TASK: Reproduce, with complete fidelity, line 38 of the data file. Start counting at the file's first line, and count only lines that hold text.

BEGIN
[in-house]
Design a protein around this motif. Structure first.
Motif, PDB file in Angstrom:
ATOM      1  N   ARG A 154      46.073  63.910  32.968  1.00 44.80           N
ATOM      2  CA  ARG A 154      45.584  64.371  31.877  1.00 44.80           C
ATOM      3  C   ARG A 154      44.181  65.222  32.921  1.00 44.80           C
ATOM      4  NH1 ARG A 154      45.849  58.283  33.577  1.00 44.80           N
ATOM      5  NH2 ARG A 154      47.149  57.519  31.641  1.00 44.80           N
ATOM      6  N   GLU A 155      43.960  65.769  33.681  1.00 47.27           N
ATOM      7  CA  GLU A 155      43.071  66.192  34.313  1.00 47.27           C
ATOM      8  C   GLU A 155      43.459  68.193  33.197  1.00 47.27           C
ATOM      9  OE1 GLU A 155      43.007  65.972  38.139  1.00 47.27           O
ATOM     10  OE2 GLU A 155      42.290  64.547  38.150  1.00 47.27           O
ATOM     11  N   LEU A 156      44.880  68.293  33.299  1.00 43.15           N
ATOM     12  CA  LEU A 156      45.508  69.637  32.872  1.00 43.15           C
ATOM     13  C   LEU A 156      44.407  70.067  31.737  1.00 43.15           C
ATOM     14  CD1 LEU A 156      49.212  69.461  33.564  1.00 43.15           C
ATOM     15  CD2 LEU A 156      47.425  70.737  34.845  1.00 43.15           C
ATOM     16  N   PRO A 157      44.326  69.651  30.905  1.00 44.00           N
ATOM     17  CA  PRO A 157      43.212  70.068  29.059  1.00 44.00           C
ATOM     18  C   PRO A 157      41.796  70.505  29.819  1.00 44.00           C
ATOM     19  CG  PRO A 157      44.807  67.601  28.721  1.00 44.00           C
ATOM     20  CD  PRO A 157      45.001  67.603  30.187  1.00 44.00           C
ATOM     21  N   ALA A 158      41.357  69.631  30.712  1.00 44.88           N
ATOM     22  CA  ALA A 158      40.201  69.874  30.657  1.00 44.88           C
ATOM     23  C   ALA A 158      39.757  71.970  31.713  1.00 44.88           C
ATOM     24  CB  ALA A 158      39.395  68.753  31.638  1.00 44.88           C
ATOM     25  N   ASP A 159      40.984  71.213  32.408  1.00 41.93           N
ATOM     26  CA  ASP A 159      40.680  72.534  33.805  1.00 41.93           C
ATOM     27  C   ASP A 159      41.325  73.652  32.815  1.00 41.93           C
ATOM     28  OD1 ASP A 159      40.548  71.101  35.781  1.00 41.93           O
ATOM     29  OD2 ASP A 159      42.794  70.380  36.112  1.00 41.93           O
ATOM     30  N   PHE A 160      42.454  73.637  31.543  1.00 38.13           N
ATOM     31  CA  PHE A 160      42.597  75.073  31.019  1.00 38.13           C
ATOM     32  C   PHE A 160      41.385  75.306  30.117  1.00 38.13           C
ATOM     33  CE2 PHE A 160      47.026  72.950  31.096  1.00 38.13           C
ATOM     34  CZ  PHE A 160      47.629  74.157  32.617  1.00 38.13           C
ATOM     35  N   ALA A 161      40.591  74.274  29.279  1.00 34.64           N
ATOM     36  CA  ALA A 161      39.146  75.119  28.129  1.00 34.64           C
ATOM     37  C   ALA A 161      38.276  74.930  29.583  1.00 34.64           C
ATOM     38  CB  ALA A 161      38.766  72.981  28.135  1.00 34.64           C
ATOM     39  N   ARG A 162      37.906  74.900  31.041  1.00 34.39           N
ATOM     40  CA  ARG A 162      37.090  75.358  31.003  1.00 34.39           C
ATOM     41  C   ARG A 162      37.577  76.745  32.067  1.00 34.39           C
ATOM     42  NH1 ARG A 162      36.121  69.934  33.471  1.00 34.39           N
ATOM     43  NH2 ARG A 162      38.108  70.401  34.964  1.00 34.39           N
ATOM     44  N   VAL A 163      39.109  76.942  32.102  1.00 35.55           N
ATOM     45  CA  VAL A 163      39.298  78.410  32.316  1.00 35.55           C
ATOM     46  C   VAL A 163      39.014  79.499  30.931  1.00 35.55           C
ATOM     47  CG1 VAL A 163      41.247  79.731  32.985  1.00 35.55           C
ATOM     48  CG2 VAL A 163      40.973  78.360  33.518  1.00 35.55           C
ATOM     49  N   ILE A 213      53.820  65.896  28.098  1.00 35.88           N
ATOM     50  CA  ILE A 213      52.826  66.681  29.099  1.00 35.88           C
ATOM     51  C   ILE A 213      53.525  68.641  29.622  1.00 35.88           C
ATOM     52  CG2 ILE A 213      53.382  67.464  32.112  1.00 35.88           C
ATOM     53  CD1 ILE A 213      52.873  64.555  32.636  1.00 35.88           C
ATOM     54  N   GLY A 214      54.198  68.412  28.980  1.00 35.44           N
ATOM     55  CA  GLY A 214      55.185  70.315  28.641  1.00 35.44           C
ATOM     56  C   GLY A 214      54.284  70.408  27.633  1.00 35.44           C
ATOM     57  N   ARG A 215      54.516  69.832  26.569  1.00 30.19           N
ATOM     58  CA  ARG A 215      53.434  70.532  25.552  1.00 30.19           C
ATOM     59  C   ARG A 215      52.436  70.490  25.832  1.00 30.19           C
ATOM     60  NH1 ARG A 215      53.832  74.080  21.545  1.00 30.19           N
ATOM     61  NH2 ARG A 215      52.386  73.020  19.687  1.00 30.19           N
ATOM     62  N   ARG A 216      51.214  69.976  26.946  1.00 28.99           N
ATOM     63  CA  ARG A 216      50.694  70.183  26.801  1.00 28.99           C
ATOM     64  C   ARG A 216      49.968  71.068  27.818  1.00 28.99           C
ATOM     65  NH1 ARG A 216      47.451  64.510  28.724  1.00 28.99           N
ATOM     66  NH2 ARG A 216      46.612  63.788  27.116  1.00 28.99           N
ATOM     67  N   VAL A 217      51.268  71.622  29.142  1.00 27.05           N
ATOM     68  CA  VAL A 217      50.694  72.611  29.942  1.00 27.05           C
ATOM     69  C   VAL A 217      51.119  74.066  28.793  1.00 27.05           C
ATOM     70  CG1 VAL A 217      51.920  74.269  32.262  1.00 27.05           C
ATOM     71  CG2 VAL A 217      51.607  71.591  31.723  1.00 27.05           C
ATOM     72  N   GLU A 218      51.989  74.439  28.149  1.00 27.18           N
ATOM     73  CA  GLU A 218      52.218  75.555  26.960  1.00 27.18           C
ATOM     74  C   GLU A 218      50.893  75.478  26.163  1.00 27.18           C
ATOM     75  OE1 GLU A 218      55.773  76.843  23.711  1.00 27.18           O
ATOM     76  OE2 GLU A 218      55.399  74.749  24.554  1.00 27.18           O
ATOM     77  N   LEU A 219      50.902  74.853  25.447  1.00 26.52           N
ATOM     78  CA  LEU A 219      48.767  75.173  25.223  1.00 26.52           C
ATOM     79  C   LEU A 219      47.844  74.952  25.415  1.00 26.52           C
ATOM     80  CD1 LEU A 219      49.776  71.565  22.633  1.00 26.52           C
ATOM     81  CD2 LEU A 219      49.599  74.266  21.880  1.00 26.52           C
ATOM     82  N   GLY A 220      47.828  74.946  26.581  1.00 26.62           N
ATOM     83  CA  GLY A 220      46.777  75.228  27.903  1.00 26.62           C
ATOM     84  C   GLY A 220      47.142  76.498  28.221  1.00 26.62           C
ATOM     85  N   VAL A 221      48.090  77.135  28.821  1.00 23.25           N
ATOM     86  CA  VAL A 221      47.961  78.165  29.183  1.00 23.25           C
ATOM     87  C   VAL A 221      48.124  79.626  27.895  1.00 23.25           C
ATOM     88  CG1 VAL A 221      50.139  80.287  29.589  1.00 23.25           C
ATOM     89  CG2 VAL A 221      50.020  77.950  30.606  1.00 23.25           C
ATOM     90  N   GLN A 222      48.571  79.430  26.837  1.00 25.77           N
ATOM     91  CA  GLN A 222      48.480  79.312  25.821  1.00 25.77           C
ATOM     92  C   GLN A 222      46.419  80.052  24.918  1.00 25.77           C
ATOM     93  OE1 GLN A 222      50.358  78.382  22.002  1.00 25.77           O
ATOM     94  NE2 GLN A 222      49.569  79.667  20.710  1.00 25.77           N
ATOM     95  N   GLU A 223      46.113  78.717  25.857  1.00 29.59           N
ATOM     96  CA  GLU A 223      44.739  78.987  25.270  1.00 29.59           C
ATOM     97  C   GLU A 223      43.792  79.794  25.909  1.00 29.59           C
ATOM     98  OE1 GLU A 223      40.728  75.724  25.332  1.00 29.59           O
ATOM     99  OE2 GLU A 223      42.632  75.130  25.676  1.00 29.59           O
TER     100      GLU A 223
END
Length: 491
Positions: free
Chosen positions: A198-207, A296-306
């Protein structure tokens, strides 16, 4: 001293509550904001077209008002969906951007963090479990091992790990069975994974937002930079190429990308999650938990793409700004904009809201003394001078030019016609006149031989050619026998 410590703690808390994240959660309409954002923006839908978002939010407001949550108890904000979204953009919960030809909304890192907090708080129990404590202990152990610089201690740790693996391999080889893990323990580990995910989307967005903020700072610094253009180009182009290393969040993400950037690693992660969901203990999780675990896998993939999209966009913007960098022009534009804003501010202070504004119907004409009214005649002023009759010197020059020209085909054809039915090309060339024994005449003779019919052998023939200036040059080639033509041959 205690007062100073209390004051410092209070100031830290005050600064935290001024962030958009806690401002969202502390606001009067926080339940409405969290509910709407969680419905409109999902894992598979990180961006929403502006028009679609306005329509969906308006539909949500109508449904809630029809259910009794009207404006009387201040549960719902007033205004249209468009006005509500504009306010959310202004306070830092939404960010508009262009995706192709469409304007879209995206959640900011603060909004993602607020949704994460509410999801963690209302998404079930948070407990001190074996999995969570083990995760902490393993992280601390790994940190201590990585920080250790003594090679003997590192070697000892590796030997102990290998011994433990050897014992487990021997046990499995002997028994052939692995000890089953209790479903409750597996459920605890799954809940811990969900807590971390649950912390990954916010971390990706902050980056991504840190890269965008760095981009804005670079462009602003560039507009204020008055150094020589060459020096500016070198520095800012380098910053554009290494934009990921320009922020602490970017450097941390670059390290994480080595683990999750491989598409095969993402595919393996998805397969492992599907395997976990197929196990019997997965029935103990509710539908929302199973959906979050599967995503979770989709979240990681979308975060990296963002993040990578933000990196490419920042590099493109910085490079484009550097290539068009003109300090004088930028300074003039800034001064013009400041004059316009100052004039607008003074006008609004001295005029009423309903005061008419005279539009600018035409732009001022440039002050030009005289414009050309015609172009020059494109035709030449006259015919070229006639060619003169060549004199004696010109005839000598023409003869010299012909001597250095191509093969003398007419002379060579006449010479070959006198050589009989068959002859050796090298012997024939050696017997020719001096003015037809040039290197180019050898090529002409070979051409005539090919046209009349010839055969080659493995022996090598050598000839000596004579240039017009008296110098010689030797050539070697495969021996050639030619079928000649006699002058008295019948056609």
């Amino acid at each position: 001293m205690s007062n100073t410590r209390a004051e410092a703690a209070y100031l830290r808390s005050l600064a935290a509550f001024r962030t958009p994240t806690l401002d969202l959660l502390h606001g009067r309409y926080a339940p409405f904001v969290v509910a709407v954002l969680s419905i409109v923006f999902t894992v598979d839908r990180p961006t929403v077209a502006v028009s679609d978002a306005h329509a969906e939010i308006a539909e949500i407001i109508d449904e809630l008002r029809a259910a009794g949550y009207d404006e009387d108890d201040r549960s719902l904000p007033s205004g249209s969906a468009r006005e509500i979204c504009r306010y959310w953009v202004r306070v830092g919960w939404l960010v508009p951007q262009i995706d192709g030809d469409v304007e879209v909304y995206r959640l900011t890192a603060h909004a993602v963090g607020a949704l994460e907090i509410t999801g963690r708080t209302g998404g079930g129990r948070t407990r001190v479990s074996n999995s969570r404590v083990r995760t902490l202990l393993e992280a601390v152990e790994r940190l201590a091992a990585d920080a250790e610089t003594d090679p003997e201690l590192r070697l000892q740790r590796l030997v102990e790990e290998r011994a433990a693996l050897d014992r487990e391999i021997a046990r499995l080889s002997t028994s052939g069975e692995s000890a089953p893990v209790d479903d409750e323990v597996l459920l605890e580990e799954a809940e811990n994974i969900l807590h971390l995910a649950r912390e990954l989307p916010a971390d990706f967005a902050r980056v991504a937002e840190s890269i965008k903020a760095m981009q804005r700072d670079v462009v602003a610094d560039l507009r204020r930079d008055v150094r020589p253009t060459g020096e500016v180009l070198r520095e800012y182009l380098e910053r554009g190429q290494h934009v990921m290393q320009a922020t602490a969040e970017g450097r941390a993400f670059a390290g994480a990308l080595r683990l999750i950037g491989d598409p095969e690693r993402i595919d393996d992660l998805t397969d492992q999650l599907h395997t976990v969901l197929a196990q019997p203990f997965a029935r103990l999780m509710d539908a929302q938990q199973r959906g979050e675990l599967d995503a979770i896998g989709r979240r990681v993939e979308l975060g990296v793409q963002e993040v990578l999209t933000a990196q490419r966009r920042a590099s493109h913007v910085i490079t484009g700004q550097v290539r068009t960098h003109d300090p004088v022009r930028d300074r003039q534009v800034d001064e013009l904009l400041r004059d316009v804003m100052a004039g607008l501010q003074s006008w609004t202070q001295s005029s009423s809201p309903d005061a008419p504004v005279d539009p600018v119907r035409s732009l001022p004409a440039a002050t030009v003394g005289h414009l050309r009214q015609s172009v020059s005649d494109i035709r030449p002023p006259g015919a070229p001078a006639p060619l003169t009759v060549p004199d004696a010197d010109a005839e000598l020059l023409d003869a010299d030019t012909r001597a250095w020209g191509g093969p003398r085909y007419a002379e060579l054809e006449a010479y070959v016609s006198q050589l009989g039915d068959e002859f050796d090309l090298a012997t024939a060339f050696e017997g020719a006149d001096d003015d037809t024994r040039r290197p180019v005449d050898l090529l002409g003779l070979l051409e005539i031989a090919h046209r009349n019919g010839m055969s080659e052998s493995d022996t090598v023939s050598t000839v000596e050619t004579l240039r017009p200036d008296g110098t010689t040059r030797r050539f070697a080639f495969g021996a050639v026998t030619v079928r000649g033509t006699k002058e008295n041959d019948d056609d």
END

ATOM     35  N   ALA A 161      40.591  74.274  29.279  1.00 34.64           N